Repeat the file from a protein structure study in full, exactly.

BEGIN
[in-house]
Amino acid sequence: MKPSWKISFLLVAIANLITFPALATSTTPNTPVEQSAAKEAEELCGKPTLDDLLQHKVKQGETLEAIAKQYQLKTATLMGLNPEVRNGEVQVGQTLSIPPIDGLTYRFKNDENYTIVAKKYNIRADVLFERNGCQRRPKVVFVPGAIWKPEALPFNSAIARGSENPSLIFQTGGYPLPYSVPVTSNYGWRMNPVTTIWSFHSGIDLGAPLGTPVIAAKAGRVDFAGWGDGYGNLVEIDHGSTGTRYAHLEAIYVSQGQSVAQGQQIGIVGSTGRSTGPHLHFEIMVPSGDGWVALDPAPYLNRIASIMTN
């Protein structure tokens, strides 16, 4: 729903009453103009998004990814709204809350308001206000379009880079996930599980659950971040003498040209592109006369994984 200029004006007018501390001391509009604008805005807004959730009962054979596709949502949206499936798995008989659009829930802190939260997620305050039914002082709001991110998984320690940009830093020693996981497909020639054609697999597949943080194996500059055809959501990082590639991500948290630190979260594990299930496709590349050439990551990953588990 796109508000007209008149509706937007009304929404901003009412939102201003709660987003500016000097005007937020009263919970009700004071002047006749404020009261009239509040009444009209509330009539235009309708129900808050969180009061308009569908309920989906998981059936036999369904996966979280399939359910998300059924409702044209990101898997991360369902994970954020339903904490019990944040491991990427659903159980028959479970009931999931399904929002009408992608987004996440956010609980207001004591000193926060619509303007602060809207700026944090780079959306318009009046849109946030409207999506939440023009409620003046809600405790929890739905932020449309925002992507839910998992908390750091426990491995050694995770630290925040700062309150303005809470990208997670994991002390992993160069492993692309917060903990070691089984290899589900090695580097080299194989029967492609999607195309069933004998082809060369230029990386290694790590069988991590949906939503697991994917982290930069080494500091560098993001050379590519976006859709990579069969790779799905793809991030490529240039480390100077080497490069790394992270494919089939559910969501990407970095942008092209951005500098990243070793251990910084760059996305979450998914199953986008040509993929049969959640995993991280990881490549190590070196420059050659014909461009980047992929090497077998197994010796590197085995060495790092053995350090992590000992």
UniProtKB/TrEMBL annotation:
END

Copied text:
[in-house]
Amino acid sequence: MKPSWKISFLLVAIANLITFPALATSTTPNTPVEQSAAKEAEELCGKPTLDDLLQHKVKQGETLEAIAKQYQLKTATLMGLNPEVRNGEVQVGQTLSIPPIDGLTYRFKNDENYTIVAKKYNIRADVLFERNGCQRRPKVVFVPGAIWKPEALPFNSAIARGSENPSLIFQTGGYPLPYSVPVTSNYGWRMNPVTTIWSFHSGIDLGAPLGTPVIAAKAGRVDFAGWGDGYGNLVEIDHGSTGTRYAHLEAIYVSQGQSVAQGQQIGIVGSTGRSTGPHLHFEIMVPSGDGWVALDPAPYLNRIASIMTN
């Protein structure tokens, strides 16, 4: 729903009453103009998004990814709204809350308001206000379009880079996930599980659950971040003498040209592109006369994984 200029004006007018501390001391509009604008805005807004959730009962054979596709949502949206499936798995008989659009829930802190939260997620305050039914002082709001991110998984320690940009830093020693996981497909020639054609697999597949943080194996500059055809959501990082590639991500948290630190979260594990299930496709590349050439990551990953588990 796109508000007209008149509706937007009304929404901003009412939102201003709660987003500016000097005007937020009263919970009700004071002047006749404020009261009239509040009444009209509330009539235009309708129900808050969180009061308009569908309920989906998981059936036999369904996966979280399939359910998300059924409702044209990101898997991360369902994970954020339903904490019990944040491991990427659903159980028959479970009931999931399904929002009408992608987004996440956010609980207001004591000193926060619509303007602060809207700026944090780079959306318009009046849109946030409207999506939440023009409620003046809600405790929890739905932020449309925002992507839910998992908390750091426990491995050694995770630290925040700062309150303005809470990208997670994991002390992993160069492993692309917060903990070691089984290899589900090695580097080299194989029967492609999607195309069933004998082809060369230029990386290694790590069988991590949906939503697991994917982290930069080494500091560098993001050379590519976006859709990579069969790779799905793809991030490529240039480390100077080497490069790394992270494919089939559910969501990407970095942008092209951005500098990243070793251990910084760059996305979450998914199953986008040509993929049969959640995993991280990881490549190590070196420059050659014909461009980047992929090497077998197994010796590197085995060495790092053995350090992590000992």
UniProtKB/TrEMBL annotation: